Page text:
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U.S. Troops in Middle East Must Understand Ramadan, Chaplain Says

By Army Staff Sgt. Michael J. Carden
American Forces Press Service

WASHINGTON, Aug. 29, 2008 – With more than 250,000 U.S. troops serving throughout the Middle East -- including Iraq and Afghanistan -- a U.S. Army Muslim chaplain said the need for understanding Islamic culture is as important as basic soldiering skills.

One of the most important aspects in Islam is the month-long Ramadan observance. For Muslims, Ramadan is considered to be the holiest time of the year, as the lunar month is intended to be a celebration of peace, prayer and reconciliation, said Army Chaplain (Capt.) Mohammed Khan, assigned to the 20th Engineer Brigade, Fort Bragg, N.C.

Today, more than 1 billion people around the world, including nearly 5,000 active duty and reserve-component U.S. military members, are estimated to be followers of Islam.

Ramadan is the ninth month of the Islamic, or lunar, calendar. The calendar is based on the cycle of the moon, and unlike the more-widely used Gregorian, or solar, calendar, which is 365 days long, is only 255. Because of the shorter year, the dates for Ramadan begin 11 to 12 days earlier each year, according to the Gregorian calendar. This year, Ramadan falls from sunset Aug. 31 through sunrise Sept. 30.

The significance of Ramadan dates back to the year Ramadan 610 in the 7th century A.D. Muslims believe that is when the initial verses of the Koran were sent to Earth from the heavens – when the Angel Gabriel visited Muhammad and imparted the words of God, or Allah, to him that would eventually become Islam’s holy scripture, according to Islamic tradition.

Muhammad, the central human figure in Islam believed to be God’s final and greatest messenger, began preaching Allah’s message from the angel. He told his followers that the gates of heaven would be open and the gates of hell would be locked during the entire month of Ramadan. He is also believed to have stressed the importance of fasting and piety during this period, Khan said.

Muslims observe the month by fasting, which is one of the five pillars, or guiding principles, of Islam. They fast daily from sunrise to sunset, abstaining from eating, drinking (including water), sex, smoking or becoming ill-tempered as a means of purification to attain consciousness of Allah and guard against the influence of Satan.

“For Muslims, it is not how long one can fast, it is how well he or she can follow the guidance of Allah,” Khan said. “One of the important benefits of the fast is to bring to mind the hardships of the less fortunate members of the society, which makes humans more aware and more sympathetic to the needs of others.”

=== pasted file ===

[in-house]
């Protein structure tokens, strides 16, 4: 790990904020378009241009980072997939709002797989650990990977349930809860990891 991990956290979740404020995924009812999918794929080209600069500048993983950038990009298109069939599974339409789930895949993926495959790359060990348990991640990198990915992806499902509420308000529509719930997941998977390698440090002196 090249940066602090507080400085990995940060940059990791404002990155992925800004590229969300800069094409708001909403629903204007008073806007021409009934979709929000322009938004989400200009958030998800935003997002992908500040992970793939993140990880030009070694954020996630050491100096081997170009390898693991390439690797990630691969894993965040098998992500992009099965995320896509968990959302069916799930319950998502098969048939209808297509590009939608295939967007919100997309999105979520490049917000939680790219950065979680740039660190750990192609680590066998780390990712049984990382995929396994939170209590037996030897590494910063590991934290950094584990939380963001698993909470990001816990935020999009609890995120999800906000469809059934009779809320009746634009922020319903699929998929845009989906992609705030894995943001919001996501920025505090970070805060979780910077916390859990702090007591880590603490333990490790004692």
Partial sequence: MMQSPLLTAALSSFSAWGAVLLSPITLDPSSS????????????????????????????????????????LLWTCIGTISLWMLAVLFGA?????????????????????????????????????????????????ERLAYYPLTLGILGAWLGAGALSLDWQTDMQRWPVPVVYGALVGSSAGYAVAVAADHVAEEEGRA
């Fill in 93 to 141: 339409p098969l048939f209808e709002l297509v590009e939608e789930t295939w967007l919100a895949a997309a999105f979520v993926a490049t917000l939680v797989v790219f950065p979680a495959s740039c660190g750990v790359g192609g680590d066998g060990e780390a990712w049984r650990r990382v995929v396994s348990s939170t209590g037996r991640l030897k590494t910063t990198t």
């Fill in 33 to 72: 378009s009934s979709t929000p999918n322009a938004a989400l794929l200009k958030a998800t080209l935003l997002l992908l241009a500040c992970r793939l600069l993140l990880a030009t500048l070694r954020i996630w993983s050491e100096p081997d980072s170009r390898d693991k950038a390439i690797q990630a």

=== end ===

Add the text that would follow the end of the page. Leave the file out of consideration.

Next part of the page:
Certain groups of people, however, are exempt from fasting, such as the sick, those traveling more than 50 miles, pregnant or breast-feeding women, and women in their monthly menstruation cycle, Khan explained.

Full exemption is granted to those permanently incapacitated because of old age, disease or interrupted hard labor. But exempt Muslims must substitute each day they cannot fast by feeding a hungry person or paying the cost of food sufficient to provide an average person a modest meal, he added.

If possible, Muslims should provide help for the less fortunate, such as feeding them or performing other good deeds during Ramadan. Muslims and their communities are encouraged to make amends, treat others well and place emphasis in acknowledging basic family values, he said.

“Ramadan serves as a periodic adjustment for proper human balance,” the chaplain said. “This state ultimately allows individuals to gain self-mastery and total control over their heated desires, selfish appetites and other urges that dominate the life of every woman and man in this society. Muslims deny the body those things which are normally lawful in order to strengthen the total self against all that is unlawful.”

During the last 10 days of Ramadan, reward for prayer and good actions increases as the “Night of Power,” or Laylatul Qadr, occurs on the 21st, 23rd, 25th, 27th or the 29th of Ramadan, which is said to be better than a thousand months. It’s unknown when exactly this night is, so Muslims are expected to increase prayer efforts on these days.

The festival of Eid-ul-Fitr celebrates the end of the fast and Ramadan. The festival lasts for three days and is observed by joyful celebration of enhanced piety, moral victory, peace, and fellowship, Khan said. “The feast brings families and friends together,” he added.

“During Ramadan, Muslims sacrifice time from their usual pastimes in order to increase their spiritual growth,” Khan said. “The extra time is to be spent praying, reading the Holy Koran and re-establishing proper management over every aspect of one’s life.”

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